The morality of evidence: the second annual lecture for Restorative Justice: An International Journal

Heather Strang, Lawrence Sherman

    Research output: Contribution to journalArticlepeer-review


    In the past two decades, restorative justice (RJ) has been the subject of more rigorous criminological research than perhaps any other strategy for crime prevention and victim support. A misalignment between practice and research, however, has resulted in much confusion about which practices are, or are not, supported by the existing research base. This confusion raises the moral problem of doing things to people without evidence that those things do no harm. In what has become a wide array of justice practices called restorative, there are serious risks of both direct and indirect harm in promotingor even condoninguntested practices: (1) Many practices remain untested, despite claims that tests of some RJ practices support all RJ practices, so that the untested practices may be causing harm directly; (2) Practices that have been rigorously tested and found to be effective are not widely used, while untested RJ practices have arguably caused harm indirectly by diverting resources from practices known to be effective; (3) Victims of violent crime are indirectly harmed by the diversion of RJ resources to property crime, where evidence shows that RJ is less effective. We therefore assert a moral obligation for RJ practitioners to ensure that their work does no harm by promoting rigorous evaluations of what they are doing, and encouraging investment in tested strategies for the kinds of victims and offenders on whom RJ is known to have the strongest effects.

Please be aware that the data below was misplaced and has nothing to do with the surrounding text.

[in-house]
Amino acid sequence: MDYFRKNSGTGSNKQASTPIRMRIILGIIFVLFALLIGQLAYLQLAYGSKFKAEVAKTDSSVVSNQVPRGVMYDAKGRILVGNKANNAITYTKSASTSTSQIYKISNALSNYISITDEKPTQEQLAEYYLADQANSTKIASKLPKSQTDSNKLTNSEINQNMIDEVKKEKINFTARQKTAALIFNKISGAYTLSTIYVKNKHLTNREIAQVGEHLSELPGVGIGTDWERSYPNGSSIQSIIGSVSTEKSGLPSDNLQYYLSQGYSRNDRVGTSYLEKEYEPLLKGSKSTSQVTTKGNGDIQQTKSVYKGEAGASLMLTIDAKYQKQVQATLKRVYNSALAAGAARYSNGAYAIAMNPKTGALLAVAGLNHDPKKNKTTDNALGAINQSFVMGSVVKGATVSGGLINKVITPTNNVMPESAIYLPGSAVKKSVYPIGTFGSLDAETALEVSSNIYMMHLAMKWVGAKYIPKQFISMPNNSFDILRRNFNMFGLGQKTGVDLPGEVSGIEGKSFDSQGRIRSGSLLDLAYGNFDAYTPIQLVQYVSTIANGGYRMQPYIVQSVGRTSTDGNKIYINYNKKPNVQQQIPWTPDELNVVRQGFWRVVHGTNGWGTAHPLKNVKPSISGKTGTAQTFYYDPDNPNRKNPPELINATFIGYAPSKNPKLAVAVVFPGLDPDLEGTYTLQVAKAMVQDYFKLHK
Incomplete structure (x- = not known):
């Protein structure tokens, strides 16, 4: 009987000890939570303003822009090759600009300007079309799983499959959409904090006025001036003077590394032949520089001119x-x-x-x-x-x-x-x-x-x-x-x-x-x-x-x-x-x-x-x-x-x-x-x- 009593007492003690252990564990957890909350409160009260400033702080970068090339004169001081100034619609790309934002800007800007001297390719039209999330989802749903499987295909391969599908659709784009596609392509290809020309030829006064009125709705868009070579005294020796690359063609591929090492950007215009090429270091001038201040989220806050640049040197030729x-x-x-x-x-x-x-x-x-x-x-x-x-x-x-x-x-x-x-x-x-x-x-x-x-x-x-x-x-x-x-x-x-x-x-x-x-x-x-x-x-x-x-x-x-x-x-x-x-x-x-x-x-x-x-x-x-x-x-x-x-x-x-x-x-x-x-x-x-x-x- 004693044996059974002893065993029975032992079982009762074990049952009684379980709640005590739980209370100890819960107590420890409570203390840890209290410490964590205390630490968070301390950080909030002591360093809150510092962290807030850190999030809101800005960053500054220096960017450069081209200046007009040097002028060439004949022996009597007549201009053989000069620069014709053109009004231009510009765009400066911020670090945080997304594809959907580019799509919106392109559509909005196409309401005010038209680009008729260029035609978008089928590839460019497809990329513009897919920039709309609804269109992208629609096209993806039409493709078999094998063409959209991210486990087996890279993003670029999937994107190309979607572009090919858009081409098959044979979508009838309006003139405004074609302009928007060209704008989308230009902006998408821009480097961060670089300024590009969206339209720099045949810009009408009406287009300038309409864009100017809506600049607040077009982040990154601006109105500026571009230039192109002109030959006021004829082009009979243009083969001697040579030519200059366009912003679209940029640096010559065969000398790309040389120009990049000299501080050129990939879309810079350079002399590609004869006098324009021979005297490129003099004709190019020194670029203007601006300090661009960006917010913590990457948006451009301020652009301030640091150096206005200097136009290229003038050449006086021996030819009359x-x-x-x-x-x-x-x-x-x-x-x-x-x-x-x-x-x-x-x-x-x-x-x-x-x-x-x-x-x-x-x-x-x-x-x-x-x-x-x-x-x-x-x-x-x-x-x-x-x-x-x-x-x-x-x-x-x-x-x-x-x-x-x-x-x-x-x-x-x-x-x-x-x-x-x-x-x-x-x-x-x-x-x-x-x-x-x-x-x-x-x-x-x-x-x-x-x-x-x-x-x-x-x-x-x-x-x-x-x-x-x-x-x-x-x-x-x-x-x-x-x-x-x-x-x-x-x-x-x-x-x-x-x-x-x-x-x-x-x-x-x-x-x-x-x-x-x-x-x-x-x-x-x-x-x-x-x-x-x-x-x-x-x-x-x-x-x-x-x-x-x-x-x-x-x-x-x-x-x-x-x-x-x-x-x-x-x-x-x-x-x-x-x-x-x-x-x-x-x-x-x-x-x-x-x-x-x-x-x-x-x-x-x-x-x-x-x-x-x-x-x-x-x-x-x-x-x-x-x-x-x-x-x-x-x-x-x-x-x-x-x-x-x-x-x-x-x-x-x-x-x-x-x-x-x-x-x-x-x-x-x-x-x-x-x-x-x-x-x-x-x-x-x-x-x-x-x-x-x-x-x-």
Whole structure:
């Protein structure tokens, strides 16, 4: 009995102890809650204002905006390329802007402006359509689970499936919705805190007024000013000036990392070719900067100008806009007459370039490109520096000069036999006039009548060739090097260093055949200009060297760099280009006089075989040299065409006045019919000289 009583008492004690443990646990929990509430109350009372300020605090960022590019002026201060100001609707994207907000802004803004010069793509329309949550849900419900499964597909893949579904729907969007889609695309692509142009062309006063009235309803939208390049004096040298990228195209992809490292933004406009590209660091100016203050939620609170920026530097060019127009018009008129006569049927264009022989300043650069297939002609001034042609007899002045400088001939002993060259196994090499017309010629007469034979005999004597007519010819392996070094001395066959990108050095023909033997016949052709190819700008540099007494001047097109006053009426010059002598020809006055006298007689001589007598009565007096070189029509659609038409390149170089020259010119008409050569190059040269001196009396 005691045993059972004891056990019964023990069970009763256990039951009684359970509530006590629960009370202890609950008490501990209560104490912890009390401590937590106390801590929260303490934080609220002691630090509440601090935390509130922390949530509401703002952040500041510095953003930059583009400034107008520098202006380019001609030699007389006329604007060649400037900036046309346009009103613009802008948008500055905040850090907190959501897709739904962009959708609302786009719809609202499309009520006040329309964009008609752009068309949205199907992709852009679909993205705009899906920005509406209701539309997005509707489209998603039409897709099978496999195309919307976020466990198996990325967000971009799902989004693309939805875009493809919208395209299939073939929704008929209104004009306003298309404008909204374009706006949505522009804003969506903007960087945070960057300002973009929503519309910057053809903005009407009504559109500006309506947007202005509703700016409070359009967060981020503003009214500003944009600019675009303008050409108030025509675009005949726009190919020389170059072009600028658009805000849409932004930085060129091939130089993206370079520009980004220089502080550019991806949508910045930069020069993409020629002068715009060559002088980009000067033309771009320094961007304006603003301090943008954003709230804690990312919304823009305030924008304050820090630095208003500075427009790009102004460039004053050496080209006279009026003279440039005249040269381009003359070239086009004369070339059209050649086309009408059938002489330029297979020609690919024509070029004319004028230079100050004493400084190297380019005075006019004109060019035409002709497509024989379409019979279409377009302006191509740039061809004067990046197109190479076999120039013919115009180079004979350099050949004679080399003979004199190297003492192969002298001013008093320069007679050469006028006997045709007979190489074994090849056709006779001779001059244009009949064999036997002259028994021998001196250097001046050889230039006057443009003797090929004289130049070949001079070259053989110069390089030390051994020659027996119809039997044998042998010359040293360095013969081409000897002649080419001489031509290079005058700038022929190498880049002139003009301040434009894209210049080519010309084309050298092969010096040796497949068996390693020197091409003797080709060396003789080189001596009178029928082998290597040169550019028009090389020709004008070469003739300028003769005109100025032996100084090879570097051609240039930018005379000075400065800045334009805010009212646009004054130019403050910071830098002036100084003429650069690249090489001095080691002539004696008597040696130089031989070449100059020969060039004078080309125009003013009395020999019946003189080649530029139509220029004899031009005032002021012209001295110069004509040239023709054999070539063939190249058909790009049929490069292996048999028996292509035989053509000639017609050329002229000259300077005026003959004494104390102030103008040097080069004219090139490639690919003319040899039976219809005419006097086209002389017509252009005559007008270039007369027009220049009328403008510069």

Original languageEnglish
    Pages (from-to)6-27
    JournalRestorative Justice
    Issue number1
    Publication statusPublished - 2015


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